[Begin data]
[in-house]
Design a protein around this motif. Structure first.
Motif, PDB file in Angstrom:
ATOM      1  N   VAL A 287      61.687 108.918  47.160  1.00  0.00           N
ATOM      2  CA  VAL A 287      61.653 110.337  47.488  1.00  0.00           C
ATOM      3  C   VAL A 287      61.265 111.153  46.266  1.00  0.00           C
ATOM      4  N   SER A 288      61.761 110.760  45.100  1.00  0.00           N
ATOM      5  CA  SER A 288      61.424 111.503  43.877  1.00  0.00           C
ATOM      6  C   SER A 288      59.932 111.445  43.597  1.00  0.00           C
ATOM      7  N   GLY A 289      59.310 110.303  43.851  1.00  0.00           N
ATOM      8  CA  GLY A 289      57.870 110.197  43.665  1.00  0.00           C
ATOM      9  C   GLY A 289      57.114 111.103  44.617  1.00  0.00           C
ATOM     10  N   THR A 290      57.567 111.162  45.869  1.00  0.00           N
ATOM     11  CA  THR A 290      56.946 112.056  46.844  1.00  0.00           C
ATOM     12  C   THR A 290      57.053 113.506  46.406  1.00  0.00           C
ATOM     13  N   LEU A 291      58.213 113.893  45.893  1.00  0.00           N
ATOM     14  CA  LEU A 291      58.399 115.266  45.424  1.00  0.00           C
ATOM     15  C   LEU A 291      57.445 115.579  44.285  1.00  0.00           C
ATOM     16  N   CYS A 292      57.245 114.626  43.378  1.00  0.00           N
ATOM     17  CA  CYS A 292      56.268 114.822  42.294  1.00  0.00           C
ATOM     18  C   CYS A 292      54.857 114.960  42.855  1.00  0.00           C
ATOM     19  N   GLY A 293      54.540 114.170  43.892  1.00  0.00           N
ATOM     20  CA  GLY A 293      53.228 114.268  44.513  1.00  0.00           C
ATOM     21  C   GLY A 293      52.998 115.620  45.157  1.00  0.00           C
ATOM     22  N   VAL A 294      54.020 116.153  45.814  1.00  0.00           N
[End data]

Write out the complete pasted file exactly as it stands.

[in-house]
Design a protein around this motif. Structure first.
Motif, PDB file in Angstrom:
ATOM      1  N   VAL A 287      61.687 108.918  47.160  1.00  0.00           N
ATOM      2  CA  VAL A 287      61.653 110.337  47.488  1.00  0.00           C
ATOM      3  C   VAL A 287      61.265 111.153  46.266  1.00  0.00           C
ATOM      4  N   SER A 288      61.761 110.760  45.100  1.00  0.00           N
ATOM      5  CA  SER A 288      61.424 111.503  43.877  1.00  0.00           C
ATOM      6  C   SER A 288      59.932 111.445  43.597  1.00  0.00           C
ATOM      7  N   GLY A 289      59.310 110.303  43.851  1.00  0.00           N
ATOM      8  CA  GLY A 289      57.870 110.197  43.665  1.00  0.00           C
ATOM      9  C   GLY A 289      57.114 111.103  44.617  1.00  0.00           C
ATOM     10  N   THR A 290      57.567 111.162  45.869  1.00  0.00           N
ATOM     11  CA  THR A 290      56.946 112.056  46.844  1.00  0.00           C
ATOM     12  C   THR A 290      57.053 113.506  46.406  1.00  0.00           C
ATOM     13  N   LEU A 291      58.213 113.893  45.893  1.00  0.00           N
ATOM     14  CA  LEU A 291      58.399 115.266  45.424  1.00  0.00           C
ATOM     15  C   LEU A 291      57.445 115.579  44.285  1.00  0.00           C
ATOM     16  N   CYS A 292      57.245 114.626  43.378  1.00  0.00           N
ATOM     17  CA  CYS A 292      56.268 114.822  42.294  1.00  0.00           C
ATOM     18  C   CYS A 292      54.857 114.960  42.855  1.00  0.00           C
ATOM     19  N   GLY A 293      54.540 114.170  43.892  1.00  0.00           N
ATOM     20  CA  GLY A 293      53.228 114.268  44.513  1.00  0.00           C
ATOM     21  C   GLY A 293      52.998 115.620  45.157  1.00  0.00           C
ATOM     22  N   VAL A 294      54.020 116.153  45.814  1.00  0.00           N